Market timing does not work. Most of us want it to work. It’s quite appealing to think that we could be invested when things are good and get out when things are bad. If only.
If you’ve been with us long enough, you’ve heard us say over and over – or perhaps ad nauseum! – that only patience and discipline will win the day. Like anything we try to teach about investing, it’s rooted in science and data. Here’s some that demonstrates why market timing does not work:
This graph from Morningstar shows the difference between the return that mutual funds have offered us and the return that we as investors have realized – the “behavior gap”. In other words, take a fund, any fund, and look at its return over the last ten years. Maybe it says 8.50%. That would be the return you would have received if you invested in the fund and stuck with it through the whole ten years. But most people tend to not stick with things. And most people tend to chase the hot fund or stock. Those two tendencies, on average, cost us about 1.68%. So that 8.50% gets whittled down to 6.82%. Morningstar summed it up perfectly: “…inopportunely timed purchases and sales cost investors about 22% of the return they otherwise could have earned had they bought and held.”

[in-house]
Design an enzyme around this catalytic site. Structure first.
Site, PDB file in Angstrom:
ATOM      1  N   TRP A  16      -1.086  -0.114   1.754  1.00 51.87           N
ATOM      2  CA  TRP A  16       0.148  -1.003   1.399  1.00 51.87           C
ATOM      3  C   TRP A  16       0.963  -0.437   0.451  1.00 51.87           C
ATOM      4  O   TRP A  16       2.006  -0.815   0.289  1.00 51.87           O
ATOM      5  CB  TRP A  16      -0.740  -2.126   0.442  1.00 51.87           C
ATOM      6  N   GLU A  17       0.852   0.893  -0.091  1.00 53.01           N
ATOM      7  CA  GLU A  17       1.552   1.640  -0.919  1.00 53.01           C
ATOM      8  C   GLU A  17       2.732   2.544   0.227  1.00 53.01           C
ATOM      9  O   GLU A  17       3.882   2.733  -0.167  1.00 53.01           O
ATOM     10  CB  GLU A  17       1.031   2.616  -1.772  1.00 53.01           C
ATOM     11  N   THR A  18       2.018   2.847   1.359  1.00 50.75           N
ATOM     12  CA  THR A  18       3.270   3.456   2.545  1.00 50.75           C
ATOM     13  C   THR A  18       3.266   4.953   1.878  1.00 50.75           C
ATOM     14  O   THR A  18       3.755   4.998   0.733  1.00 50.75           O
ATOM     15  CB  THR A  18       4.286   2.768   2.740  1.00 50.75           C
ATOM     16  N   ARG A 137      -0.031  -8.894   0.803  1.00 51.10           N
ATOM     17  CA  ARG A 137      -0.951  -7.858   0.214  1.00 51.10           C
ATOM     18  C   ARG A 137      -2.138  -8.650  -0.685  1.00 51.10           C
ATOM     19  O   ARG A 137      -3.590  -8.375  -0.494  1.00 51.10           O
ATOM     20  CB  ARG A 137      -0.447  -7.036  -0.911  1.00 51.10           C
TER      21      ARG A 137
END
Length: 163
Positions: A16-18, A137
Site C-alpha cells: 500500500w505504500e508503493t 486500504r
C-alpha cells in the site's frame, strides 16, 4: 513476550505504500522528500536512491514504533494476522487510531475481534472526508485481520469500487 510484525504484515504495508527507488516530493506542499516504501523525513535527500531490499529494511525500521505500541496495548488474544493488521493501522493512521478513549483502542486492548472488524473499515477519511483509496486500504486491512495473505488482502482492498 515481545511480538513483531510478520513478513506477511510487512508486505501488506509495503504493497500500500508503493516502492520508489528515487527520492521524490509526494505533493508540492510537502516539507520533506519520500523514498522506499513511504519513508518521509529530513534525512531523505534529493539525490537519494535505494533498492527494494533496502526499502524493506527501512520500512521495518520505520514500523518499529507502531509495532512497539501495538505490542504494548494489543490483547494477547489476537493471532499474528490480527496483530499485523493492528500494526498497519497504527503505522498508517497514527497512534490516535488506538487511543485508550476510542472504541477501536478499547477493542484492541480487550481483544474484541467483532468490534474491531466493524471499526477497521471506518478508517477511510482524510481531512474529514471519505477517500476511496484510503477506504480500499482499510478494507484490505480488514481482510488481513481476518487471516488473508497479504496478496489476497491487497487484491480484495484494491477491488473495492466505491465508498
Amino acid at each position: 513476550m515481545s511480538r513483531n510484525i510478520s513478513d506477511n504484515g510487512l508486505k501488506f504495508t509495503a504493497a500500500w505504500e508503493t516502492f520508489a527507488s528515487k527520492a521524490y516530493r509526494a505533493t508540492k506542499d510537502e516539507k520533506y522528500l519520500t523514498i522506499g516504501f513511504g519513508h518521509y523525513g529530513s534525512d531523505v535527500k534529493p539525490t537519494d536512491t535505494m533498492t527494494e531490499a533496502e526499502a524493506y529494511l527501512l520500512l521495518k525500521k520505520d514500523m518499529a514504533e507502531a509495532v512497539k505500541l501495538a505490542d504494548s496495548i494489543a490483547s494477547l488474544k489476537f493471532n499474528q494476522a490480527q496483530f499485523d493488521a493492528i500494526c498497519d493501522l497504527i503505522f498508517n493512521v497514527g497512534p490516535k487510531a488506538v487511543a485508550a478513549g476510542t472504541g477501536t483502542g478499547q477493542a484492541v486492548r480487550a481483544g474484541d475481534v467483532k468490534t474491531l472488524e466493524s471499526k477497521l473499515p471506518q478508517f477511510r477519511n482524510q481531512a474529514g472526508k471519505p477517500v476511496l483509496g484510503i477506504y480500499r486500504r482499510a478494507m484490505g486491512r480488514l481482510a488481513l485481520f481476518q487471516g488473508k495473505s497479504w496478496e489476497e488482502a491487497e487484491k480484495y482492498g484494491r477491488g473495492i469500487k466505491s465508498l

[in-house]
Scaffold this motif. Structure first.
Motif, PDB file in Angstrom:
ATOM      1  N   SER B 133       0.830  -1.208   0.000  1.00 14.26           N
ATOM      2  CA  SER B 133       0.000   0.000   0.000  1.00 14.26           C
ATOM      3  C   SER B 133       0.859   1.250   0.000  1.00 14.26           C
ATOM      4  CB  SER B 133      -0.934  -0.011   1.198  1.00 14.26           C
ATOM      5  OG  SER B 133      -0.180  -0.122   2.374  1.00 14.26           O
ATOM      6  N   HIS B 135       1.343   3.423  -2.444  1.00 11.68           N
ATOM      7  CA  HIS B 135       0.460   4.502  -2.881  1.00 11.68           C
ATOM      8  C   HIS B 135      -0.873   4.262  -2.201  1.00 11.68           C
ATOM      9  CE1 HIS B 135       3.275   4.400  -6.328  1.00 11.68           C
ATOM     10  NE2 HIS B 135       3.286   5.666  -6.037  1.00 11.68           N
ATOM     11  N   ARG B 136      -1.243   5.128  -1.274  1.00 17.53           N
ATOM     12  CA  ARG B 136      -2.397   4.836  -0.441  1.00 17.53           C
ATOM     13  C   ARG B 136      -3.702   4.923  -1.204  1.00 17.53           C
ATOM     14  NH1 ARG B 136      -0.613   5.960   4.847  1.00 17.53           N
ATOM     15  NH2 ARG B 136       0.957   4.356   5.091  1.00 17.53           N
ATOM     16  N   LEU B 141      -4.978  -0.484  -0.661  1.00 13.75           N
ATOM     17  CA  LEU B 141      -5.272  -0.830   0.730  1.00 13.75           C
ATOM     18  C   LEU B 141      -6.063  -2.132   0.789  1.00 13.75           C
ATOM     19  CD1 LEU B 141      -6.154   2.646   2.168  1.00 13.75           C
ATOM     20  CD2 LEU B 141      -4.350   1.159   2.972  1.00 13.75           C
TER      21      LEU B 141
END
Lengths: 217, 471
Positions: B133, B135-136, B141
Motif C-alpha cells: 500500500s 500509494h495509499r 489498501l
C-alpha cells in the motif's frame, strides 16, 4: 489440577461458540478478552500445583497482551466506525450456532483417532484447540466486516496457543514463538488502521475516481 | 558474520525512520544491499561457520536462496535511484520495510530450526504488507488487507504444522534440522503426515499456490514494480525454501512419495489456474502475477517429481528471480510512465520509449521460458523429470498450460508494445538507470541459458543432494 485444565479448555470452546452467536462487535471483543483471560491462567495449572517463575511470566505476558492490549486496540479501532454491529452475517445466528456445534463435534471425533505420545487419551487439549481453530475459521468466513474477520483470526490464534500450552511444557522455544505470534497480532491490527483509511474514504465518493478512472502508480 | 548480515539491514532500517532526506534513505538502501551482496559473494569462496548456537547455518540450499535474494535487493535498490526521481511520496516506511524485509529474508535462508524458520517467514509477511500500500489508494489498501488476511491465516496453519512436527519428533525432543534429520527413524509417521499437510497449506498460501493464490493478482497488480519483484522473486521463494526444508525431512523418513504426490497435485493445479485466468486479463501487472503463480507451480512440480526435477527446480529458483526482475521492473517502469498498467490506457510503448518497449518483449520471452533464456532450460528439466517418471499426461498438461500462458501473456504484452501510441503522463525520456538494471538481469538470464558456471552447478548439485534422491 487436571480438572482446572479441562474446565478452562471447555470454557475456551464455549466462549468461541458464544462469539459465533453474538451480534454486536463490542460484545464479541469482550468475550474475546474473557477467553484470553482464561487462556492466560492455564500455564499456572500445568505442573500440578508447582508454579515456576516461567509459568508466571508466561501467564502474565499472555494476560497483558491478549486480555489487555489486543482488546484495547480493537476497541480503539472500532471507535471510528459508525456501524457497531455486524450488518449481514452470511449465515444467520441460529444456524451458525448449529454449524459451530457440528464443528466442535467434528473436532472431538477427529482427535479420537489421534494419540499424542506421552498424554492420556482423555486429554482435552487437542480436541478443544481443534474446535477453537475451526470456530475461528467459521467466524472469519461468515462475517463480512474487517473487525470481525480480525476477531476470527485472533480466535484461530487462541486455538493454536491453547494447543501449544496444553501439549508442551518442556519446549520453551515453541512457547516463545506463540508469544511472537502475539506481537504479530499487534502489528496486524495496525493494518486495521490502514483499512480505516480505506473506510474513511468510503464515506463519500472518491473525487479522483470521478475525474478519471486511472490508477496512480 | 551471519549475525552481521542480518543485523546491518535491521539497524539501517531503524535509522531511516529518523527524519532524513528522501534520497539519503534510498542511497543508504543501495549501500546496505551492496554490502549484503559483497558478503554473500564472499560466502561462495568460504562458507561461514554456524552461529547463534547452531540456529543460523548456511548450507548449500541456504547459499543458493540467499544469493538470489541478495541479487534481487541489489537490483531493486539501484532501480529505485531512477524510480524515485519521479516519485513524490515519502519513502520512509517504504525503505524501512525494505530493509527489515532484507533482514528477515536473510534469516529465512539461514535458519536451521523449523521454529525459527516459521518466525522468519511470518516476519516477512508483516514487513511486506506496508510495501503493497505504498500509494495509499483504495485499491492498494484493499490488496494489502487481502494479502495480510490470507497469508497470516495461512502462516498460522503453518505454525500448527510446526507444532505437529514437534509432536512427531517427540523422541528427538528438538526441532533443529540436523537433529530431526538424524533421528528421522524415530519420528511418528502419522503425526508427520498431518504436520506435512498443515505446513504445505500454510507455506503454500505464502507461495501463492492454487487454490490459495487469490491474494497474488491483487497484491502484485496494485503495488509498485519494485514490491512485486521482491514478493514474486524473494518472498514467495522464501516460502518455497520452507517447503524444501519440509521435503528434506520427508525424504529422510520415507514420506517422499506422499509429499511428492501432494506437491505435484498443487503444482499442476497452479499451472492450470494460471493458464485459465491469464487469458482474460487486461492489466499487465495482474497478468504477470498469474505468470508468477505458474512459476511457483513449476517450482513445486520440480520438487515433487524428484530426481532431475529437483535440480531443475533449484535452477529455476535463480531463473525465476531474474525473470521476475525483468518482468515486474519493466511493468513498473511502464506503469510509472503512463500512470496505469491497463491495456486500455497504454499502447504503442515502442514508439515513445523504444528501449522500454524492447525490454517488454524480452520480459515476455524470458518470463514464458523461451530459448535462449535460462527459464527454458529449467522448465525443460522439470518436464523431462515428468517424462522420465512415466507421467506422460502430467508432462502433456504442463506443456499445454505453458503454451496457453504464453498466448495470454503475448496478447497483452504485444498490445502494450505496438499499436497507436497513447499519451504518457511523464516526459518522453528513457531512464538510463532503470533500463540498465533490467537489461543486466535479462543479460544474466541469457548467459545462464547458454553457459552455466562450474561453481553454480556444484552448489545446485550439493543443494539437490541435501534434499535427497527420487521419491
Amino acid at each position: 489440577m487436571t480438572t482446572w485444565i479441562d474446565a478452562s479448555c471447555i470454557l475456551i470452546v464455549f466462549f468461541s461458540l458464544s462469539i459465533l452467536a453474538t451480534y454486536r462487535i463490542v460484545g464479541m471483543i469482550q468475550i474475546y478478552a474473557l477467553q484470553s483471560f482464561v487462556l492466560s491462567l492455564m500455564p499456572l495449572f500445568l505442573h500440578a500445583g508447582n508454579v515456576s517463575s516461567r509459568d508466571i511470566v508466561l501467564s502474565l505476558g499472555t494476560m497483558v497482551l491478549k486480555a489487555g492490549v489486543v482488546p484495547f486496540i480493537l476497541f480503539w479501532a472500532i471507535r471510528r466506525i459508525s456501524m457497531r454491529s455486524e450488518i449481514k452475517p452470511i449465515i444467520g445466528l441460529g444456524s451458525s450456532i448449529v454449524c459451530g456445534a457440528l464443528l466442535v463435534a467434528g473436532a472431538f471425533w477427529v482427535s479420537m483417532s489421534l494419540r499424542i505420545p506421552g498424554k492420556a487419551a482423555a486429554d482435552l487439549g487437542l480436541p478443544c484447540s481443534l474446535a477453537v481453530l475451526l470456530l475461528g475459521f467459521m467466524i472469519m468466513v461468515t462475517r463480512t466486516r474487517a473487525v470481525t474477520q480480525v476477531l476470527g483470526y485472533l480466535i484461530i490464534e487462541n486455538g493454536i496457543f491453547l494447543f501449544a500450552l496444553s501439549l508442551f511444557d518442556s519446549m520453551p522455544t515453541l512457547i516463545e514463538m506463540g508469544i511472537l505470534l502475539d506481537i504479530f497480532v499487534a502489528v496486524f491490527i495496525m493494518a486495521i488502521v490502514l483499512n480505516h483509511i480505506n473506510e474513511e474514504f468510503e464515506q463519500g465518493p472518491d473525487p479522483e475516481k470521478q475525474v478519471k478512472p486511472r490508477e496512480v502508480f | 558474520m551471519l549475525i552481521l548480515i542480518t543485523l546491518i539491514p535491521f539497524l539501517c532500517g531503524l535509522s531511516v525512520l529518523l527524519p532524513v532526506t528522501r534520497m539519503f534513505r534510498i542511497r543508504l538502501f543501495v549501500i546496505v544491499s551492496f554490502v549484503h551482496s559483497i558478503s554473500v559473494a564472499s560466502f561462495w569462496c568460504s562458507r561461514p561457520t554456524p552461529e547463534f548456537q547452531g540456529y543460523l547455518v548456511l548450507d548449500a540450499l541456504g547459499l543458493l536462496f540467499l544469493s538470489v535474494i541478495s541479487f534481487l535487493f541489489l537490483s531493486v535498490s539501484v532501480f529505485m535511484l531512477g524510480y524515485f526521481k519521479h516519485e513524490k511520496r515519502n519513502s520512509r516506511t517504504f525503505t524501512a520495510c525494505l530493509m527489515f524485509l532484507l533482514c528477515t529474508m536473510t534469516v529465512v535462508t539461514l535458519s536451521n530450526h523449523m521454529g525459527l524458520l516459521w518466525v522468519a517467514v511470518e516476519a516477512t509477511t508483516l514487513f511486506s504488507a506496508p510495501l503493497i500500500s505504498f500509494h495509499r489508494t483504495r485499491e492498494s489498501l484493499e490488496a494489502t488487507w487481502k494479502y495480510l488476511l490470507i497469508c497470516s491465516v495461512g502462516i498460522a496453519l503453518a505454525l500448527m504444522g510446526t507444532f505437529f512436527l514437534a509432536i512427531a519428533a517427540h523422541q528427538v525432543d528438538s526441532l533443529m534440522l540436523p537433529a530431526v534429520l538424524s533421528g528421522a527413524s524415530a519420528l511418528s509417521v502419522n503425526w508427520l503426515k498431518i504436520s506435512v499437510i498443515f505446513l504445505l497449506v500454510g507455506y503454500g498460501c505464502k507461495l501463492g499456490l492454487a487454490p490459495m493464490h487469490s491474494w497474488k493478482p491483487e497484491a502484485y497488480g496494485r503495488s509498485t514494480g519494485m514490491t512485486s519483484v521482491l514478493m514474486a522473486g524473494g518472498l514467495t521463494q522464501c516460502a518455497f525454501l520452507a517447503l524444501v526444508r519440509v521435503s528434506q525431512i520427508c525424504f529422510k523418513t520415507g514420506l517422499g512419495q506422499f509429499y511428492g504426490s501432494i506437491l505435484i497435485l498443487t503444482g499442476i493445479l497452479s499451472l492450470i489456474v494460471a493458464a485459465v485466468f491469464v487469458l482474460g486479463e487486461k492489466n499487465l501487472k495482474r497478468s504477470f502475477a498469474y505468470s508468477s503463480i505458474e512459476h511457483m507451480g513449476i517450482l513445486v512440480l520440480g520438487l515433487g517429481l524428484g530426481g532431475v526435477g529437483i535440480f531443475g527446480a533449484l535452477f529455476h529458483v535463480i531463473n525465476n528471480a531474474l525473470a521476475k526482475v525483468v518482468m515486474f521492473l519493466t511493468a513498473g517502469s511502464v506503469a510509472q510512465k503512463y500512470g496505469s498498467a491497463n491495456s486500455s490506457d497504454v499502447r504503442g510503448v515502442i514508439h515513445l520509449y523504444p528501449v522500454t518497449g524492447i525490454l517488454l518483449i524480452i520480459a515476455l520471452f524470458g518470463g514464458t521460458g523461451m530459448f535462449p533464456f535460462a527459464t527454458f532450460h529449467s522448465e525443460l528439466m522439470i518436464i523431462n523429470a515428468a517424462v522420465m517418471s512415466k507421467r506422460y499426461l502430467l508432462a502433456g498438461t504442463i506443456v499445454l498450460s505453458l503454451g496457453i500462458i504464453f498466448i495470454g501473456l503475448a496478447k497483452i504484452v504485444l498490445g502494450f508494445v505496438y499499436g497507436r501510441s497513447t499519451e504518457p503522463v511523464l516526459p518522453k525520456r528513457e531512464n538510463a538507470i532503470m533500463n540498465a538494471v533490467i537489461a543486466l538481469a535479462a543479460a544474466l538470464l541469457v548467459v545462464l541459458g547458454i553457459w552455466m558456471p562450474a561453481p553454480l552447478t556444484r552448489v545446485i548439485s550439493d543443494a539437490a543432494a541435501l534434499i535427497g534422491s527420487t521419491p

In times like these, when it feels like every rally is taken right back, when too many good monthly statements are followed by bad ones, we are tempted to do anything that just might give us an edge. Shake things up, you might say. But you must resist that temptation. Your investing success depends on it.
Twenty-two months of no new highs is tough. It can hurt, and we feel your pain. We are right there with you. So lean on us. Talk to us. Ask every question you have. It’s a marathon, not a sprint. And we’ll be here for you every step of the way.
“The big money is not in the buying and selling … but in the waiting.” -Charlie Munger
Your Great Oak Team